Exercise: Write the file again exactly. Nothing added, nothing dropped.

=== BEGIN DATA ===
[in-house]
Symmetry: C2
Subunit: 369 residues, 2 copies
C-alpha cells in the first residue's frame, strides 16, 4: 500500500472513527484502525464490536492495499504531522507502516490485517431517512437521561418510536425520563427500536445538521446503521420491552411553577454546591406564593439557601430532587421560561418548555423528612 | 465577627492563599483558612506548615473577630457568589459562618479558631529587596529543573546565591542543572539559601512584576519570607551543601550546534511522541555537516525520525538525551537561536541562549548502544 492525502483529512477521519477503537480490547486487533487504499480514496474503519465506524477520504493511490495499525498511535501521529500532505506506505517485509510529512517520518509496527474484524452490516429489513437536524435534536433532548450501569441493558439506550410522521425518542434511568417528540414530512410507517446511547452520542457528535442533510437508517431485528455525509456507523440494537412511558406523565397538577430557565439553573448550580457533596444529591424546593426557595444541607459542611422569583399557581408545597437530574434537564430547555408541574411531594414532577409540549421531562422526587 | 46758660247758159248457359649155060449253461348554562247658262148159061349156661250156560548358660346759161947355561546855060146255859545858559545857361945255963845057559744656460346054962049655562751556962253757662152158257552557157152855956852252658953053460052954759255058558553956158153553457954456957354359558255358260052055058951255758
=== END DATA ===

[in-house]
Symmetry: C2
Subunit: 369 residues, 2 copies
C-alpha cells in the first residue's frame, strides 16, 4: 500500500472513527484502525464490536492495499504531522507502516490485517431517512437521561418510536425520563427500536445538521446503521420491552411553577454546591406564593439557601430532587421560561418548555423528612 | 465577627492563599483558612506548615473577630457568589459562618479558631529587596529543573546565591542543572539559601512584576519570607551543601550546534511522541555537516525520525538525551537561536541562549548502544 492525502483529512477521519477503537480490547486487533487504499480514496474503519465506524477520504493511490495499525498511535501521529500532505506506505517485509510529512517520518509496527474484524452490516429489513437536524435534536433532548450501569441493558439506550410522521425518542434511568417528540414530512410507517446511547452520542457528535442533510437508517431485528455525509456507523440494537412511558406523565397538577430557565439553573448550580457533596444529591424546593426557595444541607459542611422569583399557581408545597437530574434537564430547555408541574411531594414532577409540549421531562422526587 | 46758660247758159248457359649155060449253461348554562247658262148159061349156661250156560548358660346759161947355561546855060146255859545858559545857361945255963845057559744656460346054962049655562751556962253757662152158257552557157152855956852252658953053460052954759255058558553956158153553457954456957354359558255358260052055058951255758